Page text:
Haiti: Living in the Shadow
As long as politics is the shadow cast on society by big business, the attenuation of the shadow will not change the substance. — John Dewey
The fear of democracy exists, by definitional necessity, in elite groups who monopolize economic and political power. — Patrick Bellegarde-Smith
This week in response to the devastating earthquake in Haiti, the Rev. Pat Robertson remarked with his customary tact that this is only one of a long string of tragedies for the impoverished country because it had “made a pact with the devil” in exchange for its independence. It’s comments like this that make one almost wish one were Muslim.
Another newscaster sighed wistfully that Haiti went from being the “most prosperous” of France’s colonies in the 18th century to one of the world’s poorest nations. She omitted mentioning the fact that Haiti’s quondam prosperity was built on the backs of African slaves, who endured savage treatment but did not share in the colony’s riches.
Tuesday’s massive earthquake was only part of the tragedy. Extreme poverty, economic stagnation and a weak government and infrastructure have only exacerbated the calamity. While it is true that voodoo still exists in Haiti, and there is a story in which slaves prayed to their god for help in their victory over the French, one can draw a direct line from the country’s ravaged economy and failed democracy to U.S. and European intervention over two centuries.
At the dawn of the 19th century, as a result of a massive slave uprising, Haiti became the world’s first independent state founded by former slaves. With the loss of such a jewel in its colonial crown, France pressured the new government for compensation for the loss of “property” (i.e., slaves). Being a slave-holding state itself, the neighboring U.S. with its high ideals of liberty felt threatened and remained far from supportive of such independence, thus continuing its creed that “all [white] men are created equal.” And so little Haiti became indebted to France for its freedom. The full amount (60 million francs, in gold) was not paid off until 1947. If Haiti is accursed, as Robertson claims, it has certainly been cursed with debt. If it made any pacts, one of the devils in the bargain was most certainly France, and as we see later, the U.S.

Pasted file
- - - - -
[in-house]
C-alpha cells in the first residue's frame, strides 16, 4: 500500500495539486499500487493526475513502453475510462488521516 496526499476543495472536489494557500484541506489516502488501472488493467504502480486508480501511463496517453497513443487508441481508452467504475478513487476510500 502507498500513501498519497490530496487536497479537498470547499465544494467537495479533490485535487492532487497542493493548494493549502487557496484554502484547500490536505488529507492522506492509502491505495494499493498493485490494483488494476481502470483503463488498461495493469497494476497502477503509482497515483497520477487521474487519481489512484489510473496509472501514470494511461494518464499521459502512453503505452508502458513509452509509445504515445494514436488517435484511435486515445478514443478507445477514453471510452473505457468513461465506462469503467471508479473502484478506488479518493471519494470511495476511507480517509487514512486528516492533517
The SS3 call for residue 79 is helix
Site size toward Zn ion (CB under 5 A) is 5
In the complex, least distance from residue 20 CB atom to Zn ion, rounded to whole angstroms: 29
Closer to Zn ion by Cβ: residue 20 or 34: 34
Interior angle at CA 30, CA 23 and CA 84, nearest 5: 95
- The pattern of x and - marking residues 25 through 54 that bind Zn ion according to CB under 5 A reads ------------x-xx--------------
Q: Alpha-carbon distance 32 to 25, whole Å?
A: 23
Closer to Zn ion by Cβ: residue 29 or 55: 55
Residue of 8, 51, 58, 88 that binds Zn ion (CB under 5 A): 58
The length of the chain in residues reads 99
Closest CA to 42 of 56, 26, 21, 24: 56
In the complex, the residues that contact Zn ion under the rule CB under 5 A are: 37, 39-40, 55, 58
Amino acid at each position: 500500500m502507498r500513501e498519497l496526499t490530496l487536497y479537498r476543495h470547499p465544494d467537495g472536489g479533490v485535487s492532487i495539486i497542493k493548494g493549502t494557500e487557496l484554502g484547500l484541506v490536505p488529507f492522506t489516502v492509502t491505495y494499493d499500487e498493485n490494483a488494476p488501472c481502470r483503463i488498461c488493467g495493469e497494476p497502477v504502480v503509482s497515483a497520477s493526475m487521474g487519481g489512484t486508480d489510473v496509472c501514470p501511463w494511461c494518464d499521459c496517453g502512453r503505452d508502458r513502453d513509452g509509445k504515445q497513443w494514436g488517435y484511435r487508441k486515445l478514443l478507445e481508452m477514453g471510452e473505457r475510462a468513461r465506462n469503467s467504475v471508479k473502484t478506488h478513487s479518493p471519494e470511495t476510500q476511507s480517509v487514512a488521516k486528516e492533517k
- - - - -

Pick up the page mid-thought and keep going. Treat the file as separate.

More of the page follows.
Fast forward a century to 1915. Political instability in Haiti prompts President Woodrow Wilson to send U.S. Marines, supposedly, to “protect U.S. interests.” In reality, we were protecting U.S. corporations and luring the impoverished nation into a net of further debt and economic dependency. By 1918 a Haitian law was passed at the point of American rifles that allowed the U.S. to turn Haiti effectively into a U.S. plantation. Haiti was under our military occupation for 19 years.
Among poor nations political turmoil, natural disasters and economic crises are often used as a pretext for the developed world to foist massive loans on a struggling government and the sale of the country’s precious resources to the highest bidder. This is one of the ugly sides of capitalism (especially when governments like ours go to bed with corporations) and it is a game repeated for centuries throughout the developing world. Native populations are forced out of rural areas, where they have lived for generations, and into cramped cities to work in manufacturing, making trinkets for the white man. This is what happened to Haiti, as well as much of Africa.
In addition, capitalist nations force the weaker governments to lower tariffs on imports, especially on commodities that the poor countries grow themselves, thus further crippling their agriculture. This too is Haiti’s history, and we only have to go back to 1994, when President Aristide was returned to power under the “kindly’ auspices of the very country who helped topple him in a CIA-backed coup. Then President Bill Clinton (now ironically U.N. special envoy to Haiti) exacted a high price for Aristide’s return, including lowering tariffs so that the U.S. could dump its excess rice on a population that grew its own. Haitian rice growers could not compete with the heavily subsidized U.S. commodity and so never recovered.
Like so many darker-skinned nations, Haiti’s greatest sin in the eyes of the West has ever been her desire to be free. An unpardonable crime. It’s enormous debts have from its foundation rendered its government ineffectual, causing some leaders to focus on merely pillaging rather than rebuilding its economy.
The United States is not the sole cause of Haiti’s ills (France, Germany, the World Bank and IMF have also done more than their share of damage) , but it cannot be denied that had the island had the good fortune to be located in some other hemisphere, away from the shadow of this “bastion of democracy” we call America, the people of Haiti would have fared far better. With friends like us who needs enemies?
To read more about the U.S. occupation of Haiti (1915-1934).